Part 19 Back in the US for three months
1922 / Back in the USA / More Letters about the Check
I haven’t located the passenger list for Marcus’s return trip. On September 18, 1922 he obtained his emergency passport for a “DIRECT VOYAGE TO AMERICA”, but according to his 1923 passport application he didn’t arrive till November. I don’t know where he spent the intervening time.
We know from a letter that Marcus visited his brother, Valentin, on this first trip. In late 1917, before Marcus departed the US, his father Andrei died. Valentin left Petrograd where he worked in the Ministry of Finance and traveled to Chernigov to be with their mother. Valentin ended up staying in Chernigov and I assume that this is where the brothers met. Brother Anatoly was alive till 1925 and probably in the Baltic States, but I don’t know if Marcus saw him there.
The evidence for the meeting with Valentin is from another letter to the First Bridgeport-National Bank concerning the same check. The letter is dated November 19, 1922 and Marcus mentions that he just returned from Russia and spoke to his brother. He claims that Valentin received no check and no money. In the letter he asks “ Kindly advise me what can be done now and how I can get my money back as Mr. Shugaevsky is no longer in Petrograd.”
Marcus’s return address is ℅ Mr. Wadham on 36 Wall Street. After I found these documents and questioned my mother, she confirmed that Marcus visited the Kunashov family (Valentin’s in-laws) in what was then Petrograd. She thinks he probably visited his mother in Chernigov, and we have evidence that he saw his brother Valentin.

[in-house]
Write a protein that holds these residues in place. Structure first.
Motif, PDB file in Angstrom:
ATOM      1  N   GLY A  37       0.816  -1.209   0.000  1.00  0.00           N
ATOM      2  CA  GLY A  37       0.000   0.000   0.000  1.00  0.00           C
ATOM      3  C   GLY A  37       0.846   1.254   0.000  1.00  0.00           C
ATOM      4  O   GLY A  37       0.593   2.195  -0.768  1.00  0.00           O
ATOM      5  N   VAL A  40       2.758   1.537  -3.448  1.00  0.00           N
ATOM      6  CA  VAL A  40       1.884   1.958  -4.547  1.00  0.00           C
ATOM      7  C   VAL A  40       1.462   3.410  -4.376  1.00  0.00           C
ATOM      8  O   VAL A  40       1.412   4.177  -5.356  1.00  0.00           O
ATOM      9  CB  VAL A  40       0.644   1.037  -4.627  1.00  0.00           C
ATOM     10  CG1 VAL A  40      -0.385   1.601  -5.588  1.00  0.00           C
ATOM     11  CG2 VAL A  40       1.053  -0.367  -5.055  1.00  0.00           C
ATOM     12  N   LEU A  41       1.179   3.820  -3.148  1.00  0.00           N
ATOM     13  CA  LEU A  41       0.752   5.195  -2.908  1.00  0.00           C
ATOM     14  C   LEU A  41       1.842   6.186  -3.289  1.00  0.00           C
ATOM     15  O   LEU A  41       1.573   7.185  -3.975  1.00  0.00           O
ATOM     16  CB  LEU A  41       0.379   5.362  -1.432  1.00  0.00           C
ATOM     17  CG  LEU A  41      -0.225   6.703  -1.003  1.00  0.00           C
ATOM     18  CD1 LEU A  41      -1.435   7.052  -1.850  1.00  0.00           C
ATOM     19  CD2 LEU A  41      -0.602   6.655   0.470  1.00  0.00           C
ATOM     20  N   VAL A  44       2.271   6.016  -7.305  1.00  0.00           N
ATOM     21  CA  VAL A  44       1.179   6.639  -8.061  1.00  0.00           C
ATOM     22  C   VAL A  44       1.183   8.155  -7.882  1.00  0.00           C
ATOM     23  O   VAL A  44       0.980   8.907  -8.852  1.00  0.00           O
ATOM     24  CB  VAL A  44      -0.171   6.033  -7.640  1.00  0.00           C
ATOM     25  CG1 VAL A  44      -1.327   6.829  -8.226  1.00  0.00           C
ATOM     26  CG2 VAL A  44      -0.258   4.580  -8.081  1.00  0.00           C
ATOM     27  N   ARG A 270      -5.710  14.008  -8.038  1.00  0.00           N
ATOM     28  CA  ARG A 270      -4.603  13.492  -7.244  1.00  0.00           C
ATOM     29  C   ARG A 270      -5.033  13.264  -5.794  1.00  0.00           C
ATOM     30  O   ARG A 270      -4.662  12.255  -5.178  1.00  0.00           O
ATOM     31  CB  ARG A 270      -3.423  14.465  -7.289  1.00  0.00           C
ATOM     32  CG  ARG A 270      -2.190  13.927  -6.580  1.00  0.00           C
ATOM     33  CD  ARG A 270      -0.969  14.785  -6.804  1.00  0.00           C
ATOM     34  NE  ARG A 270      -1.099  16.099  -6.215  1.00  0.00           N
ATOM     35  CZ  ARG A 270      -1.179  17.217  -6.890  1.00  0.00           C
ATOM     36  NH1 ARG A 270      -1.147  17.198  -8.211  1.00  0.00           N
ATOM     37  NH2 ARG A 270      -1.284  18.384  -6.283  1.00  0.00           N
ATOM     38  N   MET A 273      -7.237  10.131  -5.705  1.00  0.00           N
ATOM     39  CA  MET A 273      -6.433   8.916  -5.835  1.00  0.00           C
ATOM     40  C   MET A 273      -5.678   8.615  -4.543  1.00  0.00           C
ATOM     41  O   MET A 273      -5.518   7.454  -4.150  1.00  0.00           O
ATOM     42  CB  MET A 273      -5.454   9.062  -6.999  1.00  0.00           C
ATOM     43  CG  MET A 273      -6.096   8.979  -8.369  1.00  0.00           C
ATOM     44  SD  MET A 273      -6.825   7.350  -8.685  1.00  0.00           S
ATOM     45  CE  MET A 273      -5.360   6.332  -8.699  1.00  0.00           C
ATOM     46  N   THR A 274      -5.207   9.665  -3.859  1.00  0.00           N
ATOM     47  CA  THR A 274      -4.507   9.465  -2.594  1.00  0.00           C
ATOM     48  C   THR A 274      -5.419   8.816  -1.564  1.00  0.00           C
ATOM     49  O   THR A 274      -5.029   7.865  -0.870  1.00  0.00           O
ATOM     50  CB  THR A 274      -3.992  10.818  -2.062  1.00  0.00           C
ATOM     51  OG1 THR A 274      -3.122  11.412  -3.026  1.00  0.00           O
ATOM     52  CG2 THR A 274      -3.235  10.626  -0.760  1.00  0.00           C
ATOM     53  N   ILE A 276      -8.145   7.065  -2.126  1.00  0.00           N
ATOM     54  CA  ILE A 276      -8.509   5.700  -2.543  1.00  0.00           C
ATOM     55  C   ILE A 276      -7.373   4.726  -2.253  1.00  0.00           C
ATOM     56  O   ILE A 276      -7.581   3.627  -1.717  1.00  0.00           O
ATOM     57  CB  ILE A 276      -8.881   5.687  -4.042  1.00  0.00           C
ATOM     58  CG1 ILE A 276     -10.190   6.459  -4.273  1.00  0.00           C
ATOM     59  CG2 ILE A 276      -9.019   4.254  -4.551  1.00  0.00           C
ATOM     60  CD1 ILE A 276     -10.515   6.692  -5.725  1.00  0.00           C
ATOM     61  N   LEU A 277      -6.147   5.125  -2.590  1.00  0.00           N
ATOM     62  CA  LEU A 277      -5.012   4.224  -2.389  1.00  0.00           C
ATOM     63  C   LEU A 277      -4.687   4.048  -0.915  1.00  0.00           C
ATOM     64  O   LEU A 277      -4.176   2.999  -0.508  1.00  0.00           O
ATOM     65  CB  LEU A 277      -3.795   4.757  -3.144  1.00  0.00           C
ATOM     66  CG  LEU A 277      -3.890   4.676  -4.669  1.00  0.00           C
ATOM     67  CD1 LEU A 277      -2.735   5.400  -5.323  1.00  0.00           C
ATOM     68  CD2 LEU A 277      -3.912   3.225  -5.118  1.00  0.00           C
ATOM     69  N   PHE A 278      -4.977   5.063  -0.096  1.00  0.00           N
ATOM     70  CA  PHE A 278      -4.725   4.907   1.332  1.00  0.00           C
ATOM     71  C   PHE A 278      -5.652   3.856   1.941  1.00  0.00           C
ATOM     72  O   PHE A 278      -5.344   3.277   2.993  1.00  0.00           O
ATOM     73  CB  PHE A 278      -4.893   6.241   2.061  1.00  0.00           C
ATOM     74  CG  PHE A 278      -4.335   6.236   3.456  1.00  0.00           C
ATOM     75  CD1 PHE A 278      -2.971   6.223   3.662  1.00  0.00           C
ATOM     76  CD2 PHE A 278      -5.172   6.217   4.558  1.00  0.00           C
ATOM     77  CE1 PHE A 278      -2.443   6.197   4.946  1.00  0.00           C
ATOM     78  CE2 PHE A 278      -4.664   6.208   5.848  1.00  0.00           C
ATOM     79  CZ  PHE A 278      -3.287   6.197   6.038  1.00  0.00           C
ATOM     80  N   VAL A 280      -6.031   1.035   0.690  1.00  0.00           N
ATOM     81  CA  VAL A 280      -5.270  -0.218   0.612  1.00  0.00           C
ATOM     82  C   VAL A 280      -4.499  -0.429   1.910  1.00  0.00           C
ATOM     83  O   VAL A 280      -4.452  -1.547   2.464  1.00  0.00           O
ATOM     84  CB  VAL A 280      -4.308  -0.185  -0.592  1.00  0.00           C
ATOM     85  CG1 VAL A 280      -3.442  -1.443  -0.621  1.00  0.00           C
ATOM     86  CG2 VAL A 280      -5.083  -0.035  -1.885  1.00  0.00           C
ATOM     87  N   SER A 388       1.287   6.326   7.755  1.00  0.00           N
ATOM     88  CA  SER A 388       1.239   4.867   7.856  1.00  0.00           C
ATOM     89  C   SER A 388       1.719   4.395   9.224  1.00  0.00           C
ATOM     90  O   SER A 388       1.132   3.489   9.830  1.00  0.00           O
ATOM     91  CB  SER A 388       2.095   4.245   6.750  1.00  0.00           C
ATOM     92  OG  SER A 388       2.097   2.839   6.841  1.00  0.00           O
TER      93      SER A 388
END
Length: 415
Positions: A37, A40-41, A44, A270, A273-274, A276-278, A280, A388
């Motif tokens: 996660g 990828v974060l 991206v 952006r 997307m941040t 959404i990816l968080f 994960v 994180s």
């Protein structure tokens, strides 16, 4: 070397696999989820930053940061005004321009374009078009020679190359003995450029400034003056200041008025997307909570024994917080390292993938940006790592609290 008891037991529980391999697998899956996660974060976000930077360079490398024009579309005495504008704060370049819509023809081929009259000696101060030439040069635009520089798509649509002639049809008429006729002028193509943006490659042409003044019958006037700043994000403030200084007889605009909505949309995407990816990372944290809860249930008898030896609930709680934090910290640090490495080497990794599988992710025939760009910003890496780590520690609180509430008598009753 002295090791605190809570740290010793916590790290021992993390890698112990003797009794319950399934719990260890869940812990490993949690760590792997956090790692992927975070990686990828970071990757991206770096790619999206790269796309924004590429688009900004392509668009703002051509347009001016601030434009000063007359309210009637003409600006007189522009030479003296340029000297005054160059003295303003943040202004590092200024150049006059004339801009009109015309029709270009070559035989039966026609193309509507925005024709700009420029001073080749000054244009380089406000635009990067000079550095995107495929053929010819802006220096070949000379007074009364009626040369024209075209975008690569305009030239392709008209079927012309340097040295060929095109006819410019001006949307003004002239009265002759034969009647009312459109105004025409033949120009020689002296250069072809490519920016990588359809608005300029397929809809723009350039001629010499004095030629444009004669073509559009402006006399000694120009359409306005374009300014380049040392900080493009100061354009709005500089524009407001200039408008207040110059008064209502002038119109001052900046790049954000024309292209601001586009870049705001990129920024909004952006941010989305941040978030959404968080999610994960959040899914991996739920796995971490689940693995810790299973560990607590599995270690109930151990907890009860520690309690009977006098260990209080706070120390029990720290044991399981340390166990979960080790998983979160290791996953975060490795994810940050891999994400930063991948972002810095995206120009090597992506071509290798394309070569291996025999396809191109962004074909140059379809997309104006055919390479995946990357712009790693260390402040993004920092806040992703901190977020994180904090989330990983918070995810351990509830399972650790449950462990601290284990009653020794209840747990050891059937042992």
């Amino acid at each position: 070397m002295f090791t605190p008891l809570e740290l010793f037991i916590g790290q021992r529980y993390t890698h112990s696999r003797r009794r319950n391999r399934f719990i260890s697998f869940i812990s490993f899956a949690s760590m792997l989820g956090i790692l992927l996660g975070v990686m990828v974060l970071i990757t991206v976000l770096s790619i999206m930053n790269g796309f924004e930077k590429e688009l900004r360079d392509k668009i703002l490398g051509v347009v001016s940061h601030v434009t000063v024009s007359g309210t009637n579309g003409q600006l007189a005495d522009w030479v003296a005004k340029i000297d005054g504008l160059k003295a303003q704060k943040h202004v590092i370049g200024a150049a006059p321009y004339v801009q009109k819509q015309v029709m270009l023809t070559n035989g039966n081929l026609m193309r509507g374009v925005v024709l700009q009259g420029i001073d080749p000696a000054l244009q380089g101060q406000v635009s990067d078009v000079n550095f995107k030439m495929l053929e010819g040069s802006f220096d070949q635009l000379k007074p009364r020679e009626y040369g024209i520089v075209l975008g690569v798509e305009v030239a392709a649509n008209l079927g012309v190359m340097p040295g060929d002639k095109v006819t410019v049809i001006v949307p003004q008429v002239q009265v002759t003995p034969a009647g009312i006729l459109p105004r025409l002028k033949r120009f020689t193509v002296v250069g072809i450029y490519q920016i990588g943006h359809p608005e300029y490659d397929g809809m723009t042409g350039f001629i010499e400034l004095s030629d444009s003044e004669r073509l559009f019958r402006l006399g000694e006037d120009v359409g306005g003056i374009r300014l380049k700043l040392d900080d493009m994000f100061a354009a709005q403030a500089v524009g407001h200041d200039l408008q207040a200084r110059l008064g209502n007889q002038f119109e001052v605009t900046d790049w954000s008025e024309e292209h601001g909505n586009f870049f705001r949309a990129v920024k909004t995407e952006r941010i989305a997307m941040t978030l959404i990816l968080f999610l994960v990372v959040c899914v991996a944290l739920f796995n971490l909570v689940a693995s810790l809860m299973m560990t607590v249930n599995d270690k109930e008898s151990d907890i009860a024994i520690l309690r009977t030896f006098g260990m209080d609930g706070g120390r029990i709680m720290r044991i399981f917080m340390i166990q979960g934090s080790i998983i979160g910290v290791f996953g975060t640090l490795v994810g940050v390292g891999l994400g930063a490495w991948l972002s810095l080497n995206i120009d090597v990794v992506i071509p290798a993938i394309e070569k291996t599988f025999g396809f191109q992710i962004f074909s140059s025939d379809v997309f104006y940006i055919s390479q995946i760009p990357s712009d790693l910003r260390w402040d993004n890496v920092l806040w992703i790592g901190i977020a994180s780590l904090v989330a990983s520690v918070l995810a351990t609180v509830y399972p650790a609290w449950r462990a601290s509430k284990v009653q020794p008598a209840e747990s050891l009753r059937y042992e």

Here is a portion of Marcus's letter to the bank dated November 19, 1920.
I just returned from Russia, where Mr. Shugaevsky told me he received neither the cheque not [sic] the money
Kindly advise me what can be done now and how can I get the money back, as Mr Shugaevsky is no longer in Petrograd.
Click on images to enlarge.
Letter from Marcus Terbey to The First Bridgeport National Bank dated November 19, 1922. This must be a handwritten draft or copy that has some notes on the back.
This is the last letter about the check (I promise).
The Bolshevik's banking system was in disarray and the currency was practically worthless. The banks response to Marcus is below. It looks like the money is lost.
Bank letter, November 21, 1922, addressed to Mr. M. Terbey, c/o Mr. Wadham, 36 Wall Street, New York City, N.Y.
Marcus was only home for three months before he departed for Europe. We continue following his trail after finding out about some of his his associates.